Chitosan is an amino polysaccharide obtained from the deacetylation of chitin, which is naturally occurring in the shells of a large number of marine crustaceans. Chitosan is soluble in weakly acidic aqueous solutions and possesses adhesive properties. Chitosan has received much attention for medical and industrial applications; however, only limited studies have been conducted on the application of chitosan as a wood adhesive, because its bonding properties on wood are poor. To improve the adhesive quality of chitosan resin, an innovative study on chitosan adhesives has been conducted to use selected fungal species to modify chitosan and improve its bonding properties, to synthesize non-formaldehyde resins with the fungus-modified chitosan, and to enhance urea-formaldehyde (UF) and phenol-formaldehyde (PF) resin performance with the fungus-modified chitosan.
The bonding properties of wood composites made with these chitosan-based green wood adhesives were significantly improved, in terms of lap-shear strength. Unmodified chitosan solution was not compatible with ammonium lignosulfonate, liquid PF resin, soybean resin, powder PF resin, or soybean flour, but was compatible with UF resin, polyvinyl acetate (PVA) resin, and phenol. With the addition of chitosan in UF and PVA resins, both the dry and wet shear strengths of plywood panels were improved, compared with those of panels bonded with the control UF and PVA resins, i.e. without chitosan. A number of chitosan and chitosan-reinforced UF resins were prepared as a binder for particleboard panel manufacturing. Six (6) types of particleboard panels with different levels of resin loadings and press conditions were manufactured. The resulting boards were tested to evaluate the bond quality of the chitosan and chitosan-reinforced UF resins. The test results showed that particleboard panels with good visual quality could be produced with all formulations of chitosan-UF adhesives, even with resin systems made with 1% of chitosan resin only. All chitosan resins used alone or added to UF resins yielded panels with better internal bond (IB) strength than those made with the UF control resin. The panels made with 1% chitosan resin plus 66% UF resin in a 1:1 ratio yielded panels with the highest IB strength and the best overall mechanical properties.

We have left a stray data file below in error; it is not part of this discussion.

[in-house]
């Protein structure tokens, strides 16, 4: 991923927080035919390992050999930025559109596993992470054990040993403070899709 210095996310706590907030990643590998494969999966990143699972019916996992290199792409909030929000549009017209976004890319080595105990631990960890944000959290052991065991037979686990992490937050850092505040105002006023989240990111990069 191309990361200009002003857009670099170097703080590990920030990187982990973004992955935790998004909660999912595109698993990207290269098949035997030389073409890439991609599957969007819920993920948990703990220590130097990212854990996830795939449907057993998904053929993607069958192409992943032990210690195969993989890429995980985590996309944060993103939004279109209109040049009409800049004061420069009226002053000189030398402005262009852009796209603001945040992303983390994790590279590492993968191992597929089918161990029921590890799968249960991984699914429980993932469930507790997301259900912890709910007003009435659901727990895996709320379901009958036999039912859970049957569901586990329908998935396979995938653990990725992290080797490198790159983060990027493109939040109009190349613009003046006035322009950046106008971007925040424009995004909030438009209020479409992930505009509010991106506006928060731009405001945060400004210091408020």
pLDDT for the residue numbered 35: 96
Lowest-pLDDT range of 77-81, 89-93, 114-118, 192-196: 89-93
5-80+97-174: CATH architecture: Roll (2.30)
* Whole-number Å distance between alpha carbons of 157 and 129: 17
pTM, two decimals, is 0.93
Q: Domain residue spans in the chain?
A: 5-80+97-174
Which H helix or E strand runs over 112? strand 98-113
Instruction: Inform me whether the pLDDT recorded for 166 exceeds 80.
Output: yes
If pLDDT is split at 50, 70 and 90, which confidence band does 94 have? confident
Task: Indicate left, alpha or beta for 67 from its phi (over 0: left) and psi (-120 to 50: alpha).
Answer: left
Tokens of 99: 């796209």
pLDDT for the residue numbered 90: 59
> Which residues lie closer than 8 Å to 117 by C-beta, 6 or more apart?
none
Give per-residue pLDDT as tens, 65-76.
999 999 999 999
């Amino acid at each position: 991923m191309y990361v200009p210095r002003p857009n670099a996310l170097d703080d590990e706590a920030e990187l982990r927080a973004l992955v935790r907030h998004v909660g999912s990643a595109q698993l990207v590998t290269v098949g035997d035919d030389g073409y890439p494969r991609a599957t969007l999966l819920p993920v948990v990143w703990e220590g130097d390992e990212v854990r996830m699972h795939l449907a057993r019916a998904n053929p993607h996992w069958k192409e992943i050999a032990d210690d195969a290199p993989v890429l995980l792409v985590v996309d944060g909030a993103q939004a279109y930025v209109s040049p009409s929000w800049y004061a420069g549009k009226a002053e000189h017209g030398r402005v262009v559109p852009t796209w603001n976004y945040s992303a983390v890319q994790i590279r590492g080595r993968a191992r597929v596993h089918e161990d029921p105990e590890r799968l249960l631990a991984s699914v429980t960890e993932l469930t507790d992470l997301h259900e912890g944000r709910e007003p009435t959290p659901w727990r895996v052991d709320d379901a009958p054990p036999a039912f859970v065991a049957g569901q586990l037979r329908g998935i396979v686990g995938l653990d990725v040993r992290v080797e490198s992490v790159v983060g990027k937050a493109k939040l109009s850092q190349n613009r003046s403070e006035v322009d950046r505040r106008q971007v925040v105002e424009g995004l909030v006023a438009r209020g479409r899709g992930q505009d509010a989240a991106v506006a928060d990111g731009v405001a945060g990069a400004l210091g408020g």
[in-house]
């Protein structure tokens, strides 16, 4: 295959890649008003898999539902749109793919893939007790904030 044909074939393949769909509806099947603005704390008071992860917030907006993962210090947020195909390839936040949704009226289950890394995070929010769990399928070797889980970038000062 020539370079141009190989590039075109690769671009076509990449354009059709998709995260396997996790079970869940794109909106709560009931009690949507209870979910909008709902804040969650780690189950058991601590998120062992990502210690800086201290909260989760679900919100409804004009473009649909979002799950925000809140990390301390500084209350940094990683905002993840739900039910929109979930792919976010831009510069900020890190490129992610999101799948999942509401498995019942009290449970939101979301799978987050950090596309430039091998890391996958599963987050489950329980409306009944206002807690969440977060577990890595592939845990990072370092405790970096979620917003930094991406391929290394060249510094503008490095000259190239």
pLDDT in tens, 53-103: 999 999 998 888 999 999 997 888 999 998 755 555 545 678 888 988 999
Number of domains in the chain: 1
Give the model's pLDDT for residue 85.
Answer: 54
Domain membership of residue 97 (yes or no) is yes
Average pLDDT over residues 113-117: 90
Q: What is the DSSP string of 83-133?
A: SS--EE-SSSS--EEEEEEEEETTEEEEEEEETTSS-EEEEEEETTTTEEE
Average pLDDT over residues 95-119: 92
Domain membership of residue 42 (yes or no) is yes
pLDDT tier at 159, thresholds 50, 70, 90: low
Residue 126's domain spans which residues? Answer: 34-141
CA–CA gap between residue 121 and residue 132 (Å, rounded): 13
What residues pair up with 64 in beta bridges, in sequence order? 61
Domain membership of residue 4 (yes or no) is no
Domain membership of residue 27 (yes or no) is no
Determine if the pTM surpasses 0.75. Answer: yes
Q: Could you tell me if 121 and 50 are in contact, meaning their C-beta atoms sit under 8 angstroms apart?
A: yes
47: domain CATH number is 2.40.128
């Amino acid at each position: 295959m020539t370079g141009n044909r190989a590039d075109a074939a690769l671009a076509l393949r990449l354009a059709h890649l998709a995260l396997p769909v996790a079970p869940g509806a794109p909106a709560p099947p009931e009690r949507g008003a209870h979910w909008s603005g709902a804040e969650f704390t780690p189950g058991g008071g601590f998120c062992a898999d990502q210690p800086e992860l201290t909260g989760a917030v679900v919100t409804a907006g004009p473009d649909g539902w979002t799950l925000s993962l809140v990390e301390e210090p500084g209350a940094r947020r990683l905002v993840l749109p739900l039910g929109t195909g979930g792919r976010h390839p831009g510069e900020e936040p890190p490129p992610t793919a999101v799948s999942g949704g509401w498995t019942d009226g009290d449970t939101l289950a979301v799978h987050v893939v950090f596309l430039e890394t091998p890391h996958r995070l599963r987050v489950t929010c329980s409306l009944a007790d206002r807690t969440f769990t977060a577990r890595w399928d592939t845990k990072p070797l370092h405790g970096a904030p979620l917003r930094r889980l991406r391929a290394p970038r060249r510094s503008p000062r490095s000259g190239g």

Phenolic glue extenders/fillers from mountain pine beetle (MPB)-attacked wood (sander dust, bark and wood particles) were developed as substitutes for corncob to reduce the costs of plywood manufacturing. Laboratory tests of the bonding performance of plywood panels produced with these new glue mixes generally exceeded the standard requirements for Canadian plywood in terms of wood failure percentage under both vacuum-pressure and boil-dry-boil conditions. All alternative extenders/fillers, except one: mountain pine beetle bark, increased the viscosity of glue mixes. The glue mix formulations may need to be adjusted in commercial production to minimize the impact on the glue application process.
Among these alternative glue extenders/fillers, sander dust is the most promising substitute for corncob since it is a by-product from the production of medium density fiberboard (MDF) production or particleboard, and as such has little value. With little treatment, it can be applied in a phenol-formaldehyde (PF) glue mix to partially or fully substitute for corncob. This will reduce cost and ensure a steady supply of extenders/fillers.
It is recommended that a mill trial be conducted to confirm and quantify the economic benefits.
Lignin or lignin residue by-product can be produced from black liquor of pulping process or from cellulosic ethanol process. This project studied these lignin by-products as a substitute for corncob/Superbond fillers in PF glue mixes for plywood production. Two types of lignins were evaluated in the lab tests and one of them was used in the mill trial production. PF glue mixes with up to 50% corncob/Superbond substituted with lignin were produced and evaluated for plywood production. The test glue mixes were comparable to the control in viscosity, stability and bond performance. It is technically viable that lignin or lignin residue by-product be used as a substitute for corncob/Superbond fillers in the plywood industry. Caution must be taken to ensure that all particles of lignin pass a 100-mesh screen and the glue mix passes a 40-mesh screen in order for the glue mix to be smoothly transferred from the storage tank to the glue mix applicator.